Flickr Delivers Library Of Congress’ Historical Eye Candy

    Posted by infinitygoods on January 18, 2008

    Woman Aircraft Workermain-church-altar-trampas-nm.jpgSunsetlocomotive-driver-wheel.jpgInstructor and Students Studying Map, Meacham Field, Ft. Worth, Texas

    The United States Library of Congress pilot program launched on Flickr just two days ago has Web viewers entranced with its display of 3,115 images from the library’s extensive photo collection and clamoring for more.

    Last night’s statistics from just one day on Flickr reveals the following:Girl Next To Barn With Chicken

    • 392,000 views on the photostream;
    • 650,000 views of photos;
    • Adding in set and collection page views, there were about 1.1 million total views on their account;
    • All 3,100+ photos have been viewed;
    • 420 of the photos have comments;
    • 1,200 of the photos have been favorited.

    The Library has struck a chord with the people of the Internet. Matt Raymond, the author of the Library’s 9 month old blog and director of communications says, “The response to the Library’s pilot project with Flickr has been nothing short of astounding. You always hope for a positive reaction to something like this, but it has been utterly off the charts—from the Flickr community, from the blogosphere, from the news media—it is nothing short of amazing.”

    And we all want more photos. The most frequently asked question on both the Flickr and the blog comments is asking when the library will upload even more photos. There are more than 1 million photos on the library’s Web site and some are easily viewable as sample images, but the great majority of these images can only be accessed through search words. If you want to see the images in say their Daguerreotype collection youA-20 Bomber Being Riveted By Woman Worker, Douglas Aircraft Co., Long Beach, California have to type in specific search words, and there my friends is where the Library of Congress’ Web site went totally wrong and where the Flickr project went totally right, because if you don’t know what to search for or you just want to see what’s available, you are facing a computer screen full of daunting type and not one single beautiful image; no eye candy, no mesmerizing piece of history, no emotionally stirring art.

    If you like history or photography, or better yet, like me you like both, you will be spending hours pouring over your LOC Flickr screen, so be forewarned, this may be a whole new addiction which might even spawn further interests you will just HAVE to research.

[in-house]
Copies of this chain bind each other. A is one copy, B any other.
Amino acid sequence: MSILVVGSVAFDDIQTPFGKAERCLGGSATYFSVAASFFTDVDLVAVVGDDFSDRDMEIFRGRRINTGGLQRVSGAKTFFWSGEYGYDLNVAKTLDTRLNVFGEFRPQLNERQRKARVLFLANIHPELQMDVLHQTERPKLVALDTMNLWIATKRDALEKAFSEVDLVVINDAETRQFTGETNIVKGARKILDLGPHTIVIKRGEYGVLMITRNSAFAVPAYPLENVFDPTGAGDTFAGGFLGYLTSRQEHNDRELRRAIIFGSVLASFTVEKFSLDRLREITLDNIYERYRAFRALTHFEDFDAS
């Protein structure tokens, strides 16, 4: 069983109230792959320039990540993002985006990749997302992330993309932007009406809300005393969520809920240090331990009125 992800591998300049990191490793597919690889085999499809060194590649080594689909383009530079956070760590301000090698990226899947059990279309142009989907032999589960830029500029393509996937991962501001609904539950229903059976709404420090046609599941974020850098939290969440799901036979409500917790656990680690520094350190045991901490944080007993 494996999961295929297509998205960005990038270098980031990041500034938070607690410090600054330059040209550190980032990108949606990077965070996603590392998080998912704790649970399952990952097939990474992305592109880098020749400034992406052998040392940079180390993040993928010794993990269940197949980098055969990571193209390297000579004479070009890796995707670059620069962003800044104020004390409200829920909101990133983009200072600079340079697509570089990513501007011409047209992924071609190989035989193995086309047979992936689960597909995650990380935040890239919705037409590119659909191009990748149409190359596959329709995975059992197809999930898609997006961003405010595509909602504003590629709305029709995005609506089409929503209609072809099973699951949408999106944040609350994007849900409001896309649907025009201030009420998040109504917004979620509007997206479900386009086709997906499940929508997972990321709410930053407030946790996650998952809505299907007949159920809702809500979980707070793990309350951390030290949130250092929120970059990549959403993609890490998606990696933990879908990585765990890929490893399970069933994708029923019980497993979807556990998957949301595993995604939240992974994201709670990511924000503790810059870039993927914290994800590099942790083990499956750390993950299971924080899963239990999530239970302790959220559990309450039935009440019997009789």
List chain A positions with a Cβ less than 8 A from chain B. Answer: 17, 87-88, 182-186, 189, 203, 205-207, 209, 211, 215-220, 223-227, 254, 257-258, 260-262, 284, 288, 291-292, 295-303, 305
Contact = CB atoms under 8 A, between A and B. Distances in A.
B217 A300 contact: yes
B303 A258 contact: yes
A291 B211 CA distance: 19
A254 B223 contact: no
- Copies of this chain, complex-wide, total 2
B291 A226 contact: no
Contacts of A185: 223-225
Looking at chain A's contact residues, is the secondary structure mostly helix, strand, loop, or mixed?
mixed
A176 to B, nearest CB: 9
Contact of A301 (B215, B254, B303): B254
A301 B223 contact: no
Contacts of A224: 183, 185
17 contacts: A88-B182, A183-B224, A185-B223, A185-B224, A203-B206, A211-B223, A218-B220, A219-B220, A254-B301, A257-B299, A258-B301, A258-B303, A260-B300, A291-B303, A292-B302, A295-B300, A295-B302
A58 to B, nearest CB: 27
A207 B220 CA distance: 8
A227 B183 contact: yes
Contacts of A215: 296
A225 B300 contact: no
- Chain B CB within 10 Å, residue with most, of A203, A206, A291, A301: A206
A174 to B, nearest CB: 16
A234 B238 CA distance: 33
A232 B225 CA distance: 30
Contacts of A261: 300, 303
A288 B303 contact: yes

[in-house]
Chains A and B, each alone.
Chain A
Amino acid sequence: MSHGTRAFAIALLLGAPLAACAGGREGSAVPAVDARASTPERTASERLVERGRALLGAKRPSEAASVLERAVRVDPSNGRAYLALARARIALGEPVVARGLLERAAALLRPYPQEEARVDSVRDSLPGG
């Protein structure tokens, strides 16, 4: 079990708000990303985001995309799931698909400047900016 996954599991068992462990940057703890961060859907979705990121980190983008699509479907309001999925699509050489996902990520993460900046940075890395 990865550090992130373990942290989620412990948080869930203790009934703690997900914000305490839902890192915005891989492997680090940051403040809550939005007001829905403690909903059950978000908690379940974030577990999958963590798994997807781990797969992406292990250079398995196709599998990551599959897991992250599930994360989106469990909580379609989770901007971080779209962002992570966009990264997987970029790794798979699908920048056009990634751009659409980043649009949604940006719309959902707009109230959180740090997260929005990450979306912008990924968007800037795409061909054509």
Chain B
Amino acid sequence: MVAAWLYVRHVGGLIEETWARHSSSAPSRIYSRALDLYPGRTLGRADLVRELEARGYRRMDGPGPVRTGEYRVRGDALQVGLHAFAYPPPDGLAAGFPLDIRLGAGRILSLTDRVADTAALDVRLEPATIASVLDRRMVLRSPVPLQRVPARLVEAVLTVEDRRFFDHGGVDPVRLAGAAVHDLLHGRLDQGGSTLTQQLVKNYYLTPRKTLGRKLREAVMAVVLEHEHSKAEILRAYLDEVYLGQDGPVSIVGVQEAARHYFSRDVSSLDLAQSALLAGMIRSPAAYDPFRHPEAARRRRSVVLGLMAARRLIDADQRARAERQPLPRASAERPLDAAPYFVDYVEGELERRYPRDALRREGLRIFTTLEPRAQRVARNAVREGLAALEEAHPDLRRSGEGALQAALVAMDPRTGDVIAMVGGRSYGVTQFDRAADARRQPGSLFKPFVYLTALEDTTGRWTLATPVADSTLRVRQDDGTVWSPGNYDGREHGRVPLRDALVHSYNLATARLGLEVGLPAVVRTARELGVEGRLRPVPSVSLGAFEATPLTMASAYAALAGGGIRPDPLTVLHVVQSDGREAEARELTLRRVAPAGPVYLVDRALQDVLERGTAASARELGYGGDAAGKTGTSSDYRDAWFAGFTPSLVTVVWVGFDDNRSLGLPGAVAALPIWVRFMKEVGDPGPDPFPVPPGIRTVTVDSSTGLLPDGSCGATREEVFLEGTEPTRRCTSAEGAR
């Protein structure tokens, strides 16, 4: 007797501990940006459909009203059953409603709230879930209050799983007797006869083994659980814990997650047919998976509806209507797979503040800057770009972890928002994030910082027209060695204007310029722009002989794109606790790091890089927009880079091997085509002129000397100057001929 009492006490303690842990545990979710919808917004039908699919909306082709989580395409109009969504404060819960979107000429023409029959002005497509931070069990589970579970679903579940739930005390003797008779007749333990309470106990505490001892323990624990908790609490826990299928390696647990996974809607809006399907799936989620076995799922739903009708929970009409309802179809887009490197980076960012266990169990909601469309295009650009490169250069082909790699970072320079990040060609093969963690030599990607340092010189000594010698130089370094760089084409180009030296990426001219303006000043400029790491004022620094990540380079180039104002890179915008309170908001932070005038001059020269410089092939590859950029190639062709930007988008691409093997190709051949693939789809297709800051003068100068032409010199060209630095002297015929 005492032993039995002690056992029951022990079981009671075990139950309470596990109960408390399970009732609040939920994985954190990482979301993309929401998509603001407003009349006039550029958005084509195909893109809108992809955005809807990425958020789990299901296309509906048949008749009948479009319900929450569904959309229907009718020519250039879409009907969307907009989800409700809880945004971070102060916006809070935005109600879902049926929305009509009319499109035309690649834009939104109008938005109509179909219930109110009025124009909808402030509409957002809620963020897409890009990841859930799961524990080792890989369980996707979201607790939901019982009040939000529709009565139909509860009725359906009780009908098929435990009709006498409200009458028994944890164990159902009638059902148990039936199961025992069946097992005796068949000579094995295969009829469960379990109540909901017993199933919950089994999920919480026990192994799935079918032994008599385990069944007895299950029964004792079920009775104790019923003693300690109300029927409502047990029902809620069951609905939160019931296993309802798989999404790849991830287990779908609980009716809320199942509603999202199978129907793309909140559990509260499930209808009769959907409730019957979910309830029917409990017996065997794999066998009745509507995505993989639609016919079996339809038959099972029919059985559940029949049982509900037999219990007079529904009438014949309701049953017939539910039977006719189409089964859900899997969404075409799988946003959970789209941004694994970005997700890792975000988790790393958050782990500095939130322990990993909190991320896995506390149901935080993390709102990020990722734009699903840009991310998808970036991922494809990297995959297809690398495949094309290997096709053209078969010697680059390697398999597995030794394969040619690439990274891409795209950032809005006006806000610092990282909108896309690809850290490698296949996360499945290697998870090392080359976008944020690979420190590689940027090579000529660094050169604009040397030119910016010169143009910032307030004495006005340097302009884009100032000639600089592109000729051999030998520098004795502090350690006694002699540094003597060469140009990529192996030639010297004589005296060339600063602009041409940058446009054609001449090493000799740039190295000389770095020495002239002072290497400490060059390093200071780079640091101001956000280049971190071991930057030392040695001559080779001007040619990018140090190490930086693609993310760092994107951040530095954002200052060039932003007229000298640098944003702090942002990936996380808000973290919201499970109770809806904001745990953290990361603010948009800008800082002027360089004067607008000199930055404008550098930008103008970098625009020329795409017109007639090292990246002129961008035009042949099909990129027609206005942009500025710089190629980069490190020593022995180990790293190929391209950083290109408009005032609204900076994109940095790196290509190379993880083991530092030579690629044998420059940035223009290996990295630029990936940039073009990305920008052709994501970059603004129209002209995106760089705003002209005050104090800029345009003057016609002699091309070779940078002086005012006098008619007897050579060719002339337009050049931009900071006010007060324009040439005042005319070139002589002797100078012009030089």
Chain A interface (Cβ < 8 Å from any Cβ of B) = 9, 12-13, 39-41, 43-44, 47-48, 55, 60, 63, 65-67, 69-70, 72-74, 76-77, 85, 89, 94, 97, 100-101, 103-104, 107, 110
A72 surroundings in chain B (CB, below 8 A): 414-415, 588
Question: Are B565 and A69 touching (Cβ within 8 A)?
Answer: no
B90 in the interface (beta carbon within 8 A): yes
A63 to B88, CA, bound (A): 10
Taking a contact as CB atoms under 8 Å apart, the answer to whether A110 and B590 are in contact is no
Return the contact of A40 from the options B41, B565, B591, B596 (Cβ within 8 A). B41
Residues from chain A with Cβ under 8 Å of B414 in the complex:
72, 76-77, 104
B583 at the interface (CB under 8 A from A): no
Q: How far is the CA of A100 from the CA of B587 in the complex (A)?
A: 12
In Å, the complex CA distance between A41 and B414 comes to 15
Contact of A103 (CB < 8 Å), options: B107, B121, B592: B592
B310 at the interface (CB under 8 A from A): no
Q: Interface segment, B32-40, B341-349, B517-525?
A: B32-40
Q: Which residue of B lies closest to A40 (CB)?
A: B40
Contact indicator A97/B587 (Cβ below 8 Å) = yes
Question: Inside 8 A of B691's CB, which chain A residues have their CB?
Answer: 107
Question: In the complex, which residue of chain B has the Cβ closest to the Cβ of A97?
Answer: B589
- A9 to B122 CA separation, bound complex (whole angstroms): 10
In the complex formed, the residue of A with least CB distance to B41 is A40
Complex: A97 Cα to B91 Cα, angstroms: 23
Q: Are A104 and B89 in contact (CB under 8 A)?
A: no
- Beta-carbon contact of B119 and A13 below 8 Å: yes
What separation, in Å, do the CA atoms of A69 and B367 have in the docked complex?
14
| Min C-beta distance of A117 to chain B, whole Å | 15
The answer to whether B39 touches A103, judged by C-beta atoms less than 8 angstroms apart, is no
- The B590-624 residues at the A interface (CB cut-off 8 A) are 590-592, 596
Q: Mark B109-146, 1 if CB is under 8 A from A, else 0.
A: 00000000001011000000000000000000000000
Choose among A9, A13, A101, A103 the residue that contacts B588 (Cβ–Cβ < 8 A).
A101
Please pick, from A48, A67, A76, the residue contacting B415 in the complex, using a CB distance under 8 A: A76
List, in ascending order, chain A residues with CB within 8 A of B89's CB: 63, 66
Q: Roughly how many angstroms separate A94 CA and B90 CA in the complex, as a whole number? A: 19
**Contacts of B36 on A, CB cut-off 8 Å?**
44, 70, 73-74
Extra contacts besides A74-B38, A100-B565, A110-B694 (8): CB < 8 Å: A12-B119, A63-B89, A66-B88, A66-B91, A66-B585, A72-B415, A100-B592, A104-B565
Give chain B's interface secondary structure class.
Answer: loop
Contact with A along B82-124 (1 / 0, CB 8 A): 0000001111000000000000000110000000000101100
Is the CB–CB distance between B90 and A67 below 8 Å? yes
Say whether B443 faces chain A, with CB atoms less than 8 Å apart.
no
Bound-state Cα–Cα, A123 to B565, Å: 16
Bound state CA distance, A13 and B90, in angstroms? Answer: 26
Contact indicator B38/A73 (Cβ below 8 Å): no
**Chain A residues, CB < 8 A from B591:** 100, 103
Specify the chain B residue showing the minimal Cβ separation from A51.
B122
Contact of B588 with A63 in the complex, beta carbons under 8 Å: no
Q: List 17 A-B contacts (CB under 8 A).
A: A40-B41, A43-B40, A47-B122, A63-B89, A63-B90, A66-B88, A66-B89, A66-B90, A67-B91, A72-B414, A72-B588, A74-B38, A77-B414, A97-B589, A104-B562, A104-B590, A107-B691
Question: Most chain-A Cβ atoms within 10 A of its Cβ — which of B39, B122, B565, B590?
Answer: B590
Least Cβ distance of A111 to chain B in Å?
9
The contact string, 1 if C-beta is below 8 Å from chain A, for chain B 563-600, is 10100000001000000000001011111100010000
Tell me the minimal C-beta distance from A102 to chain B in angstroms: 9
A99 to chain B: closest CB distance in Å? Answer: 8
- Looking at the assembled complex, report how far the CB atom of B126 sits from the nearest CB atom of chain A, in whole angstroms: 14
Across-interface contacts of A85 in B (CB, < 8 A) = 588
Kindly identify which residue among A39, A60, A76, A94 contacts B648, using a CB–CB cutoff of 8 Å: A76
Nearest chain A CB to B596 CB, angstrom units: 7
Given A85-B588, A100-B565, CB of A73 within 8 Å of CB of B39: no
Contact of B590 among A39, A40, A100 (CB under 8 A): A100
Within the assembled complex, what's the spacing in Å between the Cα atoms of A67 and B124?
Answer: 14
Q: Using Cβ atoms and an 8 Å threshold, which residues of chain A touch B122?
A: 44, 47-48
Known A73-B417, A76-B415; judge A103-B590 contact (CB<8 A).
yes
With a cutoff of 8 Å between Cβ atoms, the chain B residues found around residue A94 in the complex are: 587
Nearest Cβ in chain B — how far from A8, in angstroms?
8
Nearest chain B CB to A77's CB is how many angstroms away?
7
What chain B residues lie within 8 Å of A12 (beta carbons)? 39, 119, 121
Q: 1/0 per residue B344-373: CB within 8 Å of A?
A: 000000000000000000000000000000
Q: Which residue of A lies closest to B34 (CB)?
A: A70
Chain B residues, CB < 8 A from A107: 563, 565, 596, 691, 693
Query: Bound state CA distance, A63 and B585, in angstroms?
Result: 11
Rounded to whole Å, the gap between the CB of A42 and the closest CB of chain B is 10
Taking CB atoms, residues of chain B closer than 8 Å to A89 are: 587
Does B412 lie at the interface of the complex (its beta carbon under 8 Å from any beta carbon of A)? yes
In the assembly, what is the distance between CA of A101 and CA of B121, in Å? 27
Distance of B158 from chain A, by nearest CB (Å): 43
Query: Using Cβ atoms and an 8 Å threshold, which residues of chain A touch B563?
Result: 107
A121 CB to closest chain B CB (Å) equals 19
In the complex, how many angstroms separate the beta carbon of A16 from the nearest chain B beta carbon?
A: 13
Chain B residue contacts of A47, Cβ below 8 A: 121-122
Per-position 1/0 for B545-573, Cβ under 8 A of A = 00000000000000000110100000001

• A note on the high quality of these historical photographs: “The scans are not color corrected or adjusted to create an optimized view of the photographic scene, rather they represent the qualities of the images as they exist in the collection at the time they are scanned.”
    Carpenter, Douglas Dam, TenesseStacks Of Home Canned FoodPutting Finishing Touches On B-17F Navy Bomber

    Filling Station And Garage At Pie Town, New MexicoJim Norris Homesteader, Pie Town, New Mexico
    • For an article about Pie Town, New Mexico and Russell Lee, the photographer who chronicled its homesteaders, visit this Smithsonian article.

    Posted in America, American History, art, Arts and Crafts, blog, blogging, Blogroll, crafts, Cuisine, culture, education, eggs, Family, film, Flickr, government agencies, history, Home, homeschool, homeschooling, Infinity Goods, infinitygoods.com, Internet, Journalism, Library Of Congress, life, manufacturers, nature, News, reading, technology, Tips, Tradition, U.S., Uncategorized, USA, writing | Tagged: , , , , , , , , , , , , , , , , , , , , , , , , , , , , , , , , , , , , , , , , , , , , , , , , , , , , , | 2 Comments »

    Thursday Thirteen #6 — My Interests

    Posted by infinitygoods on November 14, 2007

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    I am sharing with you 13 topics which interest me and are important to me. They are in no particular order, because most of these would all tie with each other. These are topics
    you see and which will recur on my blog. To see more participants in this carnival or for
    details on how to join, visit Thursday Thirteen.

    1. Computers/Internet/Blogs/Technology/Science
    These sort of overlap in many ways. I’m forward thinking and I’ve been using computers